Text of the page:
While finishing up my training the other day, a young boy approached me and said, “Strong! You’re strong! I want to be strong like you!”
This left me absolutely speechless. This little boy couldn’t have been more than six or seven years old. I had no idea what to say. I stammered out a thank you and slurred, “You can be strong, too.” He smiled and gave me a fist bump before walking into my gym’s kid area for his youth MMA class.
This might seem completely unremarkable to some people. I don’t know. I will readily admit that I’m young—only 23—and I don’t have any children of my own. Hearing that little boy tell me that I was strong left me dumbstruck, and it triggered a rush of memories and self-analysis that left me in a daze for a few minutes.
You never know who is watching you while you train. You never know who you’re impressing, who you’re inspiring, or who you’re instilling with a desire to be stronger. You might have your training partners in the gym, but what about the people in the audience at your last powerlifting meet? What about the teenager in line behind you at the gas station who wishes he was as big as you? What about the family members who wish they had your drive and passion for training but would never share that with you? What about the young man who reads your website and wants to be big and strong? You never truly know the number of people you’re reaching and affecting.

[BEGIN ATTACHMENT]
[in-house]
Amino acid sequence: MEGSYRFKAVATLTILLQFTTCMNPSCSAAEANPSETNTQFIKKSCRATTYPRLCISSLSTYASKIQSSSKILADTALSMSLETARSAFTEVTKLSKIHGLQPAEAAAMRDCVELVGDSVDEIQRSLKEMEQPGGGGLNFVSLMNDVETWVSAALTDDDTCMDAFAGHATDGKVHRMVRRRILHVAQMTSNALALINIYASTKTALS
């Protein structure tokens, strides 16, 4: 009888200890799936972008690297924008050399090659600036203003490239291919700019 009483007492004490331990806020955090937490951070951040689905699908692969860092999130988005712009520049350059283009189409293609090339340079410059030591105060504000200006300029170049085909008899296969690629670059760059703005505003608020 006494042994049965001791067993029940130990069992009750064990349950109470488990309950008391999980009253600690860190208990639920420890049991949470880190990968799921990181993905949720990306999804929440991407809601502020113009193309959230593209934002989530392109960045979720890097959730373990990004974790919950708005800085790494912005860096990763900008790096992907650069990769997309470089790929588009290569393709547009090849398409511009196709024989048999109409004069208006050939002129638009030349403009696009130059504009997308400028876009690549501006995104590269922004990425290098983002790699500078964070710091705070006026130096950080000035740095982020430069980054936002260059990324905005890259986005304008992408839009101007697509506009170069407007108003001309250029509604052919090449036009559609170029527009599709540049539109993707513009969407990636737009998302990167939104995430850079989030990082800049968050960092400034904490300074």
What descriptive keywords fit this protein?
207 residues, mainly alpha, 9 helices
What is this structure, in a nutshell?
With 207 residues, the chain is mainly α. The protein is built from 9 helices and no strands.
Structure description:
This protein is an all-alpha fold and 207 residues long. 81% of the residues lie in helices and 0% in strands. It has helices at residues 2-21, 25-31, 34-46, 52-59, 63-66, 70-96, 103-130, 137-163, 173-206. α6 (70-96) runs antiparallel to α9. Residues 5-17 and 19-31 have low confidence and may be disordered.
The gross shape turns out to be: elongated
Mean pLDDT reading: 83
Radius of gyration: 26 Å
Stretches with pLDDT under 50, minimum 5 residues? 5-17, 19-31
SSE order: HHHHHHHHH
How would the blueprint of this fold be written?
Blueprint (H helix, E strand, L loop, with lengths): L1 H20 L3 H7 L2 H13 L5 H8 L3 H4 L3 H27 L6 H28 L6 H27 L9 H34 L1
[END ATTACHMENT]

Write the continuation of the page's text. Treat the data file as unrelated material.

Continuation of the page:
You never know at any given time when there is someone, somewhere who considers you a role model. You never know when someone is admiring your efforts and dedication.
I remember being that little boy once. I remember being at the gym daycare while my mother was working out. I remember seeing men, men who looked big and strong, and wanting to be like them some day. I remember being both frightened and enthralled with the weights they were lifting, and how strong they seemed to be.
I remember when I was fifteen years old and a girl teased me for being skinny. I remember being intimidated by the bigger lifters in the gym who could put up so much more weight than me. I remember racking up injuries and walking with a cane and feeling so damn weak.
I remember getting under the bar for the first time and how my legs ached for days afterward. I remember psyching myself up for a deadlift with three plates on each side for the first time. I remember the first time a girl told me that I was a “big guy” after two years of lifting, and how it had all been worth it. I remember the first time I worked out with one of my younger cousins in the gym and how thankful he was that I was willing to help him.
After that little boy’s comment, I remembered all the times that I had felt weak. I remembered all the times that I had wished I was stronger. All the training, all the plates, all the effort— it will never be enough. I will never ever feel strong enough. I will spend my entire life needing to be strong(er).
But for that one little boy, I was strong. And I think for the first time ever in my life, even if only for a moment, I believed it, too.